Mount Sinai's New Smart Card Program

New York's Mount Sinai Medical Center soon will begin a two-year effort to provide 100,000 of its patients with smart cards for identification.In an exclusive interview, Paul Brian Contino, vice president of information technology at the hospital, one of the nation's largest, explains that the cards will help Mount Sinai deal with "the growing incidence of fraud and abuse in healthcare" as well as improve the accuracy of medical records. Contino explains:

  • Why he chose smart cards over other authentication options for the voluntary program;
  • How the cards store a summary of the patient's healthcare information;
  • Why the cards will improve data integrity and accuracy and reduce medical errors by avoiding the creation of duplicate records; How the cards could pave the way for information exchange among different provider organizations;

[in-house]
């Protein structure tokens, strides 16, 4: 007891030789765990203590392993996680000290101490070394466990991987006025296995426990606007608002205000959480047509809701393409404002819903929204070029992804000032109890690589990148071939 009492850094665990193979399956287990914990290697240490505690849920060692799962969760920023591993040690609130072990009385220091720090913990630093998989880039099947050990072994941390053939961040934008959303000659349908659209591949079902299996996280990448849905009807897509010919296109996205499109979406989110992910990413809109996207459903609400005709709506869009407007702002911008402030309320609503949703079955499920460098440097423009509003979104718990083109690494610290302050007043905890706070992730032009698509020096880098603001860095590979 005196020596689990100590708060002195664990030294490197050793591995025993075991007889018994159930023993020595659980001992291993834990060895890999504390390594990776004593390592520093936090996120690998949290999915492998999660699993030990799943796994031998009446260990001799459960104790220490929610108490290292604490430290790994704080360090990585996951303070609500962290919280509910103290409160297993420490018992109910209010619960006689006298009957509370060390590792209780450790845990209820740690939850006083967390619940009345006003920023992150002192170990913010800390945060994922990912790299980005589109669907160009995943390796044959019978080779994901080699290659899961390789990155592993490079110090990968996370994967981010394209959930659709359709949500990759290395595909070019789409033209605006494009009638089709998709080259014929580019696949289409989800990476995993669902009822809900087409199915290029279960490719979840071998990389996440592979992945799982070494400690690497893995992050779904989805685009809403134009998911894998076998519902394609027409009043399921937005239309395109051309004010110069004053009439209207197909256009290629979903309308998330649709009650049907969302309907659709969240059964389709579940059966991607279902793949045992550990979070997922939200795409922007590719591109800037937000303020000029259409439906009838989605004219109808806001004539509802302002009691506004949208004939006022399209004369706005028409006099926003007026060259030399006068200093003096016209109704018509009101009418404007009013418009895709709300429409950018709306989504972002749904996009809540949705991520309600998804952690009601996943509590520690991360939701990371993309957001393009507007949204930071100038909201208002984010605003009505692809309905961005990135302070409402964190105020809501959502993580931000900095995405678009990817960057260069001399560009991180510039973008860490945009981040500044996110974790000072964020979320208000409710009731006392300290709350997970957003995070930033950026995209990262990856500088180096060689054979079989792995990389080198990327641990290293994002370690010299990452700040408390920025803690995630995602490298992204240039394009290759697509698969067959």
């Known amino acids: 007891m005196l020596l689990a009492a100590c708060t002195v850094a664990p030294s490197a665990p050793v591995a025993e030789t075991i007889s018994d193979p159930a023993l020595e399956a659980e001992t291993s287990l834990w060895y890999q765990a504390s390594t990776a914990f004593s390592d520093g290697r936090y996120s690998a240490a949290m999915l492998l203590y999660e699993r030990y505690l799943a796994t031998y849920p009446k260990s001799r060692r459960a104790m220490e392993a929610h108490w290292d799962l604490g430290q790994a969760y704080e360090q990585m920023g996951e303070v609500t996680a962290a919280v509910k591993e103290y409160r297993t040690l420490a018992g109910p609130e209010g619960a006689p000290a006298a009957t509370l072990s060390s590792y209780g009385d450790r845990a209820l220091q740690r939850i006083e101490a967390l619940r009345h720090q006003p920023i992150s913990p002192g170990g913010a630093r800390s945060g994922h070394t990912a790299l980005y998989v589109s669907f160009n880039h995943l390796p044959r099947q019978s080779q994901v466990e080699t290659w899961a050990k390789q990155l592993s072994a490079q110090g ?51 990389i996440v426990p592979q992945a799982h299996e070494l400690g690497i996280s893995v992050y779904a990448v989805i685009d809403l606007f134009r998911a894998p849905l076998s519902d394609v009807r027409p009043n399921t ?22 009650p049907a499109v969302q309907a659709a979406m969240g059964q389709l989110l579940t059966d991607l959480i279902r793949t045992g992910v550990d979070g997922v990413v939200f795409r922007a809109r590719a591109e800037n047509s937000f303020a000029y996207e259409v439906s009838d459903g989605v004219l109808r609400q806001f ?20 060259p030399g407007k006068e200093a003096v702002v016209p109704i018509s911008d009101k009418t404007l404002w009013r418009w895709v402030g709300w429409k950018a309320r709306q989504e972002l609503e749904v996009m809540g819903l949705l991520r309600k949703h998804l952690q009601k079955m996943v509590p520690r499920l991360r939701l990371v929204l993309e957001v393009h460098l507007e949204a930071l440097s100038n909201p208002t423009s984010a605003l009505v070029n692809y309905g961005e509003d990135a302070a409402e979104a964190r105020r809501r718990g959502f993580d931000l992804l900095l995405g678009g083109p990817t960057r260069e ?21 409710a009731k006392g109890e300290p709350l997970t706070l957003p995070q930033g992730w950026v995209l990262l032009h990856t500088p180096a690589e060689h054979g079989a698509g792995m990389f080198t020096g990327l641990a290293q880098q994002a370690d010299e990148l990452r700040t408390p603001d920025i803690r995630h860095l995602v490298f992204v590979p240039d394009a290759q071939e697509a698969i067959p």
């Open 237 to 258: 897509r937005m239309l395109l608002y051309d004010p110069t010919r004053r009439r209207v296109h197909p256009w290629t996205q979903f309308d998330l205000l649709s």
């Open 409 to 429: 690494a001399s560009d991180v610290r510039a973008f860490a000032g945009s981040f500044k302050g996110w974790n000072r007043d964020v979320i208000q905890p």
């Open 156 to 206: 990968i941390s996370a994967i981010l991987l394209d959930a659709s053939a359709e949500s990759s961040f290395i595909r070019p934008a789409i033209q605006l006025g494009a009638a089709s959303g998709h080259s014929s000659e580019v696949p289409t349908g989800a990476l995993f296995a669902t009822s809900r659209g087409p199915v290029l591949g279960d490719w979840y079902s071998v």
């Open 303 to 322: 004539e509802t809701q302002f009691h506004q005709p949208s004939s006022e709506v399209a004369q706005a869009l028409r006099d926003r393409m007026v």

• Why the cards will serve as an easy way to gain patient consent to access their records, as required under the HITECH Act.
Mount Sinai launched a preliminary smart card effort in 2004 with Siemens, which later exited the business. Now, it's serving as a development partner to Extension Inc., Fort Wayne, Ind., which is collaborating with German card manufacturer Giesecke & Devrient and TrustBearer Labs, a unit of VeriSign Inc.

Contino has more than 15 years of technology development and management experience. At Mount Sinai, he oversees all clinical, financial and administrative systems for the hospital and its school of medicine. A former research scientist, he served as a technical consultant to pharmaceutical and medical manufacturing companies.

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